Rainbow Rodeo will now be weekly! This is especially useful as some of our primary means of communication, Twitter especially and Instagram to a certain extent, begin to serve us even less.
If you've made the jump to Mastodon, you can find me at firstname.lastname@example.org I am working with Jeremy LeRoux of the Country Everywhere artist directory to create an Americana-specific Mastodon server soon and, if you don't know what the heck I'm talking about, I plan to write a Mastodon explainer over the weekend.
In the meantime, respond to this e-mail for a link to the Rainbow Rodeo Discord server. Discord is basically Slack but cool, which is basically a very organized group chat. We've already had some networking stuff happen and that's very cool!
I've also added a separate Events section because every time I go on the Rainbow Rodeo Insta I see ads for new queer country parties and things!
And, if you're now around here: welcome! Here's the deal: Rainbow Rodeo is a queer country music zine that is by and for the community. There is one guest writer a month. Twice a year, I will run a crowdfunding campaign for the zine, which will compile the guest writers' pieces as well as other reviews and print-only articles. I'll publish a call for writers soon! You can contribute by subscribing to the Patreon -- you'll only be charged twice a year, when the zine goes to print.
This interview was originally published in Rachel's blog, Adobe & Teardrops
Ariel Bui is a musical artist, activist & educator based out of Nashville, TN, where she also runs music school Melodia Studio. “As a woman of many hats, I am driven by a desire to live a meaningful existence, hoping to make the world a better place through music & more.” Ariel teaches piano, plays guitar, writes songs, and sings from the heart.
As a classically trained musician, Bui’s sound subtly spins classic pop with a variety of American genres – modern indie rock, pop, alt country, 60’s psychedelia, classic soul, and more – all bound together by her unique perspective and songwriting voice.
Bui released her album Real & Fantasy two weeks ago. In our conversation, she dives into how Real & Fantasy explores sexual identity and coming into one’s own.
1) Does your album have an overarching theme?
My new album, Real & Fantasy, could be considered a concept album with a narrative and overarching themes. It’s a roughly chronological journey from youth to adulthood, exploring identity, sexuality, fantasy, and reality not only within the context of one’s self but in relationship to others.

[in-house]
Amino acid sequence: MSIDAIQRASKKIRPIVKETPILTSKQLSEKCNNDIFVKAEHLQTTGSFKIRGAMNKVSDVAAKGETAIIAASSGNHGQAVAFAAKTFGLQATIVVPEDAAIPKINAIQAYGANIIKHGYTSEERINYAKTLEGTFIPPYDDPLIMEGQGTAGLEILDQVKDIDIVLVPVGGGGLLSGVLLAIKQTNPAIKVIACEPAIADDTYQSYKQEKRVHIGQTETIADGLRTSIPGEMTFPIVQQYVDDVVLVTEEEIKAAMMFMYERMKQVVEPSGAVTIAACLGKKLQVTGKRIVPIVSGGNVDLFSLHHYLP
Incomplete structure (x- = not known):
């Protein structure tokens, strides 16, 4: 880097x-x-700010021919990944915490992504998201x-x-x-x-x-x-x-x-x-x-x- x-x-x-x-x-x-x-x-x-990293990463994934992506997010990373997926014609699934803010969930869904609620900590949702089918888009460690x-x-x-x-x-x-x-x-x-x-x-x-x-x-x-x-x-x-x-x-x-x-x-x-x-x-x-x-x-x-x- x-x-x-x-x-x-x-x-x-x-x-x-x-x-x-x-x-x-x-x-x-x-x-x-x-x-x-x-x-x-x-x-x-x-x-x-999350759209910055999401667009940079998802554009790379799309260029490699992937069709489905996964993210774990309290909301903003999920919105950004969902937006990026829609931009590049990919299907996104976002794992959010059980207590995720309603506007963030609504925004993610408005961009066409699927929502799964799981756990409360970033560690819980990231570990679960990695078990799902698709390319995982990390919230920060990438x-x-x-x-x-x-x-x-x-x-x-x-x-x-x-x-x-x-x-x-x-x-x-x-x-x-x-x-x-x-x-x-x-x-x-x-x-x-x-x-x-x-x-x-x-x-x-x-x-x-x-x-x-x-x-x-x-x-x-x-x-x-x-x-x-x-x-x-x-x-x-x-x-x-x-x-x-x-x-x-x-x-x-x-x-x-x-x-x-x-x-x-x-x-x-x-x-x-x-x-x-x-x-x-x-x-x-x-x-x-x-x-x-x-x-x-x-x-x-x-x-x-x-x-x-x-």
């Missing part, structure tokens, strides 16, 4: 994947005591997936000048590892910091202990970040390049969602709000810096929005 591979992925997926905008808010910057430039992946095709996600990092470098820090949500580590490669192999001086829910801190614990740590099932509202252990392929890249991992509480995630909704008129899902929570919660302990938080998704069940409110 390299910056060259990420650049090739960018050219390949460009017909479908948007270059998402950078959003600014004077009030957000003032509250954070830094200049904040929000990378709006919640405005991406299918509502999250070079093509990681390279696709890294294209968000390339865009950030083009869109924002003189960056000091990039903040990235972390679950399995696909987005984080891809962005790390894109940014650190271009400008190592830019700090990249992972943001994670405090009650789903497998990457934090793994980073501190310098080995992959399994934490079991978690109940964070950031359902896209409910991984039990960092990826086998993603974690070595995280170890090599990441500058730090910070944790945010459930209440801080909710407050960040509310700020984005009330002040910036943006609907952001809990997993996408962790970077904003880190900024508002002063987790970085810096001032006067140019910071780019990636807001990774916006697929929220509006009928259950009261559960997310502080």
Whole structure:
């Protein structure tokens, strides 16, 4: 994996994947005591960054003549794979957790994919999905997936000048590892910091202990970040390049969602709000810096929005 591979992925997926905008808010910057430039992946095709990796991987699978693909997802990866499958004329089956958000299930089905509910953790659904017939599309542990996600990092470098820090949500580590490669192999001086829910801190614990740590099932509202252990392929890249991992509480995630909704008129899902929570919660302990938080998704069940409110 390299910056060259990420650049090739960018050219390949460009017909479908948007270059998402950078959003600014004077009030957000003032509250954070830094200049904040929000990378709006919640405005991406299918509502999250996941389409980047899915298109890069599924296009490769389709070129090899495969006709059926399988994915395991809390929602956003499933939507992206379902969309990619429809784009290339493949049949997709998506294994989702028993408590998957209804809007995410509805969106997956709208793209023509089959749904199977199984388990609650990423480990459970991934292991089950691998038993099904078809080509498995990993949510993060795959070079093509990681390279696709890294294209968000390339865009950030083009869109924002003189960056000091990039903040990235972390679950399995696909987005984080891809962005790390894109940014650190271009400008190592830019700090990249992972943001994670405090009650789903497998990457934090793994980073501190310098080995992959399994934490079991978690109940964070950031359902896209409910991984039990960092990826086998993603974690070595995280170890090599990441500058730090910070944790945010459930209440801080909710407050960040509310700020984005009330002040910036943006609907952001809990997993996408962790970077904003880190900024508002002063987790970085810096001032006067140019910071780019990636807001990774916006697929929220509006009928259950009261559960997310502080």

2) Tell us about the first song you wrote.
The first song I wrote and considered a real song was “The End” off of my first record Disguised As Fate (2008). I wrote it when I was about fifteen or sixteen, after a few years of teaching myself guitar and experimenting with songwriting. The song grapples with the experience of being taken advantage of by an older man in the music scene. It was a song of trying to overcome trauma and basically tell myself that it would somehow all be okay in the end, to keep living and persevering, and accept that life goes on.
In 2018, I celebrated the 10th anniversary of that first record full of songs I wrote as a teenager and young adult. In 2019, I wrote “Sixteen” to kick off my new album, Real & Fantasy. I recall my youth: the fun, the emergence of my own voice & sexuality, but also the darker truths of those times, to emphasize yet again as an adult that there is power and depth in our youth and that women’s & girls’ voices need to be heard.
3) How do you feel your queer identity ties into your performance style or music?
Real & Fantasy documents a journey of exploring and accepting aspects of myself and my sexuality that I had long been afraid of or ashamed of. Learning to accept the fluidity of love and relationships that don’t necessarily fit into the binary constructs of relationship. Of all the letters of the LGBTQ+ spectrum, I most closely identify with Q for questioning—if gender and relationship norms are societal constructs, then what more is my heart capable of as I continue to grow & evolve as a person?
And as I grow and evolve, will those that I know & love be able to grow and evolve alongside me, love me and accept me for who I am, and be compatible? I am at once so excited to accept myself as who I am and afraid to make private parts of myself known to others. Yet, that is why music and art is such an important form of processing experiences and expressions. You can say so much with so little, and leave it up to the interpretation of the listener.